Social Studies Language Arts - Reading The Reading subtest measures your ability to understand, interpret and analyze a broad range of literary and informational texts.
Not good for growth mindset.
I sometimes blog about research into IQ and human intelligence. A lot of people find this pretty depressing. This is important and I want to discuss it eventually, but not now. What I want to discuss now is people who feel personally depressed. For example, a comment from last week: Right now I basically feel like pond scum.
I hear these kinds of responses every so often, so I should probably learn to expect them. They seem to me precisely backwards. But first, a comparison: These people get into some pretty acrimonious debates.
Overweight people, and especially people who feel unfairly stigmatized for being overweight, tend to cluster on the biologically determined side. And although not all believers in complete voluntary control of weight are mean to fat people, the people who are mean to fat people pretty much all insist that weight is voluntary and easily changeable.
And the same is true of mental illness. She needs to just pick herself up and get on with her life. One more example of this pattern. There are frequent political debates in which conservatives or straw conservatives argue that financial success is the result of hard work, so poor people are just too lazy to get out of poverty.
Then a liberal or straw liberal protests that hard work has nothing to do with it, success is determined by accidents of birth like who your parents are and what your skin color is et cetera, so the poor are blameless in their own predicament.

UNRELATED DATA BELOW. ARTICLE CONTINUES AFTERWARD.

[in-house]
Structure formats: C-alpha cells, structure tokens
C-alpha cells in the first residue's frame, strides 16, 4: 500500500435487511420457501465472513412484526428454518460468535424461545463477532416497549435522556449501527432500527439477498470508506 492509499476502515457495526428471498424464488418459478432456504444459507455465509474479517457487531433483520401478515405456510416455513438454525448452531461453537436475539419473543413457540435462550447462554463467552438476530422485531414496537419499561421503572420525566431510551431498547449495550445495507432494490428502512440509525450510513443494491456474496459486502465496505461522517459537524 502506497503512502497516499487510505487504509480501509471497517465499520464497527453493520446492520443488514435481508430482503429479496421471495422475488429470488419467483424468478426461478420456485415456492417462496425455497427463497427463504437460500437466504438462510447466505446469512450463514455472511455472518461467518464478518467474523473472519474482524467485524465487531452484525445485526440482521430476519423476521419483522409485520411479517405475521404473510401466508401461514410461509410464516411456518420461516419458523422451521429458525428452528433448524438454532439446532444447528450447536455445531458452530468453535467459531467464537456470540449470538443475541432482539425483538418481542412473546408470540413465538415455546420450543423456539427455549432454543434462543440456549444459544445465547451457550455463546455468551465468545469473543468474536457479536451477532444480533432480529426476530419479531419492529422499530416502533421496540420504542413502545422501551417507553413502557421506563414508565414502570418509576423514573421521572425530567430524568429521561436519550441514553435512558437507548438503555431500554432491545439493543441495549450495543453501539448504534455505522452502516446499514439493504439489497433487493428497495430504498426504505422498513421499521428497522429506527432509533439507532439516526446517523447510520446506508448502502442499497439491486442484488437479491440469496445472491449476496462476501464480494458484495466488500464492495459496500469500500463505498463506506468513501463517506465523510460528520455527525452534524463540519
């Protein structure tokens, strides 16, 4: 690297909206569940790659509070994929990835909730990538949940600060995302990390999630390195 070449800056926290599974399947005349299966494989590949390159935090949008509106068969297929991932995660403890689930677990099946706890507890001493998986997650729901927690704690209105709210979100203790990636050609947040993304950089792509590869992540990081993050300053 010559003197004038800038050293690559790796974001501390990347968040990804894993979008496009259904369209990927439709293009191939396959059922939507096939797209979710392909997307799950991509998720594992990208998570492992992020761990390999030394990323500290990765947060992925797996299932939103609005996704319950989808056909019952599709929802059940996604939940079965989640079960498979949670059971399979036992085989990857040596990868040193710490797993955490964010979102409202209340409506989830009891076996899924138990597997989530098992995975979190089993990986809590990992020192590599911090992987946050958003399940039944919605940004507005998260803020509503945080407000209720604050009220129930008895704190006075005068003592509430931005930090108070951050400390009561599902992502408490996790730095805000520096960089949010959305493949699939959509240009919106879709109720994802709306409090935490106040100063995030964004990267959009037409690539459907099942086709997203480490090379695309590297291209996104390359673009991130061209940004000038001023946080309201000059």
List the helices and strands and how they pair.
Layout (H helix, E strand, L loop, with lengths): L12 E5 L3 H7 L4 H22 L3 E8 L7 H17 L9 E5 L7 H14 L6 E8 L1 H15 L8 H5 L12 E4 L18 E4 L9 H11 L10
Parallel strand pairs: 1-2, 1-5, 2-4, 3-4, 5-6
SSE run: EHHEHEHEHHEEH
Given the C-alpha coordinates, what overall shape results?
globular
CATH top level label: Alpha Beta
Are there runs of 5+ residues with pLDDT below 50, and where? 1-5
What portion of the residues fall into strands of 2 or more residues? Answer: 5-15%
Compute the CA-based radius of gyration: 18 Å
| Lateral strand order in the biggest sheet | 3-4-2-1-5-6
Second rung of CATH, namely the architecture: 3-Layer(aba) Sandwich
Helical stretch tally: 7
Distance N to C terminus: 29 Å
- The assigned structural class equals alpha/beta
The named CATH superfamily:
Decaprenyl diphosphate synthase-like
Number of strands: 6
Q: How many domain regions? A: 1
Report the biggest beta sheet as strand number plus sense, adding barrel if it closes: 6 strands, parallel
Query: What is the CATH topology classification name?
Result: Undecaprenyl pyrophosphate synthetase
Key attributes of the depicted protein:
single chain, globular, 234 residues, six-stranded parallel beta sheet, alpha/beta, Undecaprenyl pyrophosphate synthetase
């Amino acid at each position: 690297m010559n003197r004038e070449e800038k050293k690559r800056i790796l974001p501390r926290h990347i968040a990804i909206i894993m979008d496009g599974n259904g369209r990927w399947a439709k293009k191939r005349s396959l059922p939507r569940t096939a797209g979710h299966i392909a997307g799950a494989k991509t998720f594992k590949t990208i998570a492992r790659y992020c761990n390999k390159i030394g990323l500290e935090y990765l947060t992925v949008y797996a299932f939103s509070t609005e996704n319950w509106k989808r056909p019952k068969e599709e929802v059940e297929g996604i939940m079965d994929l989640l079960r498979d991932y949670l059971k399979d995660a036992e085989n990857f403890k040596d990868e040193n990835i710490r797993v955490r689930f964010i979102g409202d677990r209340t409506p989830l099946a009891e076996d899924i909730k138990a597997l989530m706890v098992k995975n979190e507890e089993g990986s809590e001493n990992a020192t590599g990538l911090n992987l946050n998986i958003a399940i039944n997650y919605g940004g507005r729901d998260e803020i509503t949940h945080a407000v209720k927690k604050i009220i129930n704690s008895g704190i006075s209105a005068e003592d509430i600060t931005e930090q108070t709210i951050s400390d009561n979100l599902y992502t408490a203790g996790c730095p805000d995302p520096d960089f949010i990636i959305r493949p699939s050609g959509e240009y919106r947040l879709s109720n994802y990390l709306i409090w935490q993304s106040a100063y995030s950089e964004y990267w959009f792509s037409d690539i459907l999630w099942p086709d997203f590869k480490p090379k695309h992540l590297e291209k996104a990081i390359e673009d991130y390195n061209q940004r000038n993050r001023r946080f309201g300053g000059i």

The obvious pattern is that attributing outcomes to things like genes, biology, and accidents of birth is kind and sympathetic. I can come up with a few explanations for the sudden switch, but none of them are very principled and none of them, to me, seem to break the fundamental symmetry of the situation.
Consider for a moment Srinivasa Ramanujan, one of the greatest mathematicians of all time. He grew up in poverty in a one-room house in small-town India.
He taught himself mathematics by borrowing books from local college students and working through the problems on his own until he reached the end of the solveable ones and had nowhere else to go but inventing ways to solve the unsolveable ones.
There are a lot of poor people in the United States today whose life circumstances prevented their parents from reading books to them as a child, prevented them from getting into the best schools, prevented them from attending college, et cetera.
And pretty much all of those people still got more educational opportunities than Ramanujan did. And from there we can go in one of two directions. First, we can say that a lot of intelligence is innate, that Ramanujan was a genius, and that we mortals cannot be expected to replicate his accomplishments.
Or second, we can say those poor people are just not trying hard enough. I hear that pays pretty well.
But the very phrase tells us where we should classify that belief. I got a perfect score in Verbal, and a good-but-not-great score in Math.gre books.
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This video will give you some tips and . Following that heavy-duty QC workout, you’ll be happy to know that Data Interpretation (DI) questions require much less rigorous math than either of the math question types covered in the previous two chapters.
No Pythagorean theorem, no exponents, no quadratic equations—these things simply have no place in DI.
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